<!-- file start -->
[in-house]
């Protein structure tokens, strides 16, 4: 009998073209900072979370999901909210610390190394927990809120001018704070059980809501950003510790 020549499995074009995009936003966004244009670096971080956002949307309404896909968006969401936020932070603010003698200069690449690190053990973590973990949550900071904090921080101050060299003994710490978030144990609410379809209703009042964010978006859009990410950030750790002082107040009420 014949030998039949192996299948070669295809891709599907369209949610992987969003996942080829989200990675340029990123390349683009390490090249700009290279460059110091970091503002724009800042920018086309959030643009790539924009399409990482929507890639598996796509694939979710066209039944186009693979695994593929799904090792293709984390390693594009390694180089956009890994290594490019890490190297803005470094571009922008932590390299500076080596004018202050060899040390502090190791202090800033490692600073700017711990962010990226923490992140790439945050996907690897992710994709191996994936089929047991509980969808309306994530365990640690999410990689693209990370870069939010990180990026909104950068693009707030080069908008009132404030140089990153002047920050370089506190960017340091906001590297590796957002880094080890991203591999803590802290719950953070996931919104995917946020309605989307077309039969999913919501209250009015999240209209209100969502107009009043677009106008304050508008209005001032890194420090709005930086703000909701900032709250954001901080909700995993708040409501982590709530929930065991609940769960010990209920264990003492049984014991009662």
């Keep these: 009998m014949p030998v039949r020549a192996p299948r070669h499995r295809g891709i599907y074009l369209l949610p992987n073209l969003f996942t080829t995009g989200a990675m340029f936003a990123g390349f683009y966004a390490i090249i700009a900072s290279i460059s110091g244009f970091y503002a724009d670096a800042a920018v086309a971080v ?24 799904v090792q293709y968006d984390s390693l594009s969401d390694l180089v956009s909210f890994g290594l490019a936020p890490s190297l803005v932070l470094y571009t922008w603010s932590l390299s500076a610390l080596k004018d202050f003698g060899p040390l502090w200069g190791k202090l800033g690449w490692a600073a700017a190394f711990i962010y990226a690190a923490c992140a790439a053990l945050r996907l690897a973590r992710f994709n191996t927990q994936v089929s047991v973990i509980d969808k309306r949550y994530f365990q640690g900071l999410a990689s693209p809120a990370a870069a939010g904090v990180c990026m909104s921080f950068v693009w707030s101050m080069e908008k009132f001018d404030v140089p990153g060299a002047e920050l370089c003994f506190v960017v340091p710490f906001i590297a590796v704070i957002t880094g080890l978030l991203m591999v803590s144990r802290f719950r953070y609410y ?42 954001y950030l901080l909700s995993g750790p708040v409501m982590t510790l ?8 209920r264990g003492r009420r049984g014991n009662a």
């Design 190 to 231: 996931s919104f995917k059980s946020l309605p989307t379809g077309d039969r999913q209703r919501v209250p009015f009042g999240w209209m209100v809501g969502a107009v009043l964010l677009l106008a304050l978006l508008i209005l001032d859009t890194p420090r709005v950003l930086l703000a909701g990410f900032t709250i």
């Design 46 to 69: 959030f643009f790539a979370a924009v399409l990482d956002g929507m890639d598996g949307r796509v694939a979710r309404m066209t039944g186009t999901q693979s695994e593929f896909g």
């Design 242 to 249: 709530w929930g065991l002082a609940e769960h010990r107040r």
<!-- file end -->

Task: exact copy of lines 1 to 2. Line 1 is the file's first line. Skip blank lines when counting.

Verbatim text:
[in-house]
């Protein structure tokens, strides 16, 4: 009998073209900072979370999901909210610390190394927990809120001018704070059980809501950003510790 020549499995074009995009936003966004244009670096971080956002949307309404896909968006969401936020932070603010003698200069690449690190053990973590973990949550900071904090921080101050060299003994710490978030144990609410379809209703009042964010978006859009990410950030750790002082107040009420 014949030998039949192996299948070669295809891709599907369209949610992987969003996942080829989200990675340029990123390349683009390490090249700009290279460059110091970091503002724009800042920018086309959030643009790539924009399409990482929507890639598996796509694939979710066209039944186009693979695994593929799904090792293709984390390693594009390694180089956009890994290594490019890490190297803005470094571009922008932590390299500076080596004018202050060899040390502090190791202090800033490692600073700017711990962010990226923490992140790439945050996907690897992710994709191996994936089929047991509980969808309306994530365990640690999410990689693209990370870069939010990180990026909104950068693009707030080069908008009132404030140089990153002047920050370089506190960017340091906001590297590796957002880094080890991203591999803590802290719950953070996931919104995917946020309605989307077309039969999913919501209250009015999240209209209100969502107009009043677009106008304050508008209005001032890194420090709005930086703000909701900032709250954001901080909700995993708040409501982590709530929930065991609940769960010990209920264990003492049984014991009662």